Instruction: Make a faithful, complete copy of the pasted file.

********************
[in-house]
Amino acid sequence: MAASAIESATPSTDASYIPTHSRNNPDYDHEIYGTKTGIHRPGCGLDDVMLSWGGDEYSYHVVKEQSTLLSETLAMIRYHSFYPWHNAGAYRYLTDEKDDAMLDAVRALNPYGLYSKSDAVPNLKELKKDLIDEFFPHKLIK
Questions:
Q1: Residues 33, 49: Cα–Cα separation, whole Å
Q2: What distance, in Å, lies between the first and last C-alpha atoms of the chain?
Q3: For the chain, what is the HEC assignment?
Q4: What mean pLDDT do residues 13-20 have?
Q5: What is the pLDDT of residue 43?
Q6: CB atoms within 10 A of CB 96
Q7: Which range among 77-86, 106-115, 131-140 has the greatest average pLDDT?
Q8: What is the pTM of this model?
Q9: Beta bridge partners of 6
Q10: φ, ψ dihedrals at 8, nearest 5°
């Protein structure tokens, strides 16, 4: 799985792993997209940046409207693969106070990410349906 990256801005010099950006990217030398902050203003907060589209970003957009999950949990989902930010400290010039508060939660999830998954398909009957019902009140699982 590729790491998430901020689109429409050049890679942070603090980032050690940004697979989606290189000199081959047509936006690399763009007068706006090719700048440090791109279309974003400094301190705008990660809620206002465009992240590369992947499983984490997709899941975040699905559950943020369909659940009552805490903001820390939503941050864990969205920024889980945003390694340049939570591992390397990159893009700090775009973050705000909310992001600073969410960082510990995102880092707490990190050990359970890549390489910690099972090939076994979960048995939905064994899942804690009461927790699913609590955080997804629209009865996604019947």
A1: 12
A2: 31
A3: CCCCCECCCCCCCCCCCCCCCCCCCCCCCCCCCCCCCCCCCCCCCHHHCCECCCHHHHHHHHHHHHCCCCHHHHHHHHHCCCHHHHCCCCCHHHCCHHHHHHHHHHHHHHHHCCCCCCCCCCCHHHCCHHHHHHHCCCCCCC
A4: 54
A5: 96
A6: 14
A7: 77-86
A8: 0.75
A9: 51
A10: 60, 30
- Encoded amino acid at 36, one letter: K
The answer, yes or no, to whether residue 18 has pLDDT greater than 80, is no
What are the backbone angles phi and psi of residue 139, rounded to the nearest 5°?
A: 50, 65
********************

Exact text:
[in-house]
Amino acid sequence: MAASAIESATPSTDASYIPTHSRNNPDYDHEIYGTKTGIHRPGCGLDDVMLSWGGDEYSYHVVKEQSTLLSETLAMIRYHSFYPWHNAGAYRYLTDEKDDAMLDAVRALNPYGLYSKSDAVPNLKELKKDLIDEFFPHKLIK
Questions:
Q1: Residues 33, 49: Cα–Cα separation, whole Å
Q2: What distance, in Å, lies between the first and last C-alpha atoms of the chain?
Q3: For the chain, what is the HEC assignment?
Q4: What mean pLDDT do residues 13-20 have?
Q5: What is the pLDDT of residue 43?
Q6: CB atoms within 10 A of CB 96
Q7: Which range among 77-86, 106-115, 131-140 has the greatest average pLDDT?
Q8: What is the pTM of this model?
Q9: Beta bridge partners of 6
Q10: φ, ψ dihedrals at 8, nearest 5°
């Protein structure tokens, strides 16, 4: 799985792993997209940046409207693969106070990410349906 990256801005010099950006990217030398902050203003907060589209970003957009999950949990989902930010400290010039508060939660999830998954398909009957019902009140699982 590729790491998430901020689109429409050049890679942070603090980032050690940004697979989606290189000199081959047509936006690399763009007068706006090719700048440090791109279309974003400094301190705008990660809620206002465009992240590369992947499983984490997709899941975040699905559950943020369909659940009552805490903001820390939503941050864990969205920024889980945003390694340049939570591992390397990159893009700090775009973050705000909310992001600073969410960082510990995102880092707490990190050990359970890549390489910690099972090939076994979960048995939905064994899942804690009461927790699913609590955080997804629209009865996604019947």
A1: 12
A2: 31
A3: CCCCCECCCCCCCCCCCCCCCCCCCCCCCCCCCCCCCCCCCCCCCHHHCCECCCHHHHHHHHHHHHCCCCHHHHHHHHHCCCHHHHCCCCCHHHCCHHHHHHHHHHHHHHHHCCCCCCCCCCCHHHCCHHHHHHHCCCCCCC
A4: 54
A5: 96
A6: 14
A7: 77-86
A8: 0.75
A9: 51
A10: 60, 30
- Encoded amino acid at 36, one letter: K
The answer, yes or no, to whether residue 18 has pLDDT greater than 80, is no
What are the backbone angles phi and psi of residue 139, rounded to the nearest 5°?
A: 50, 65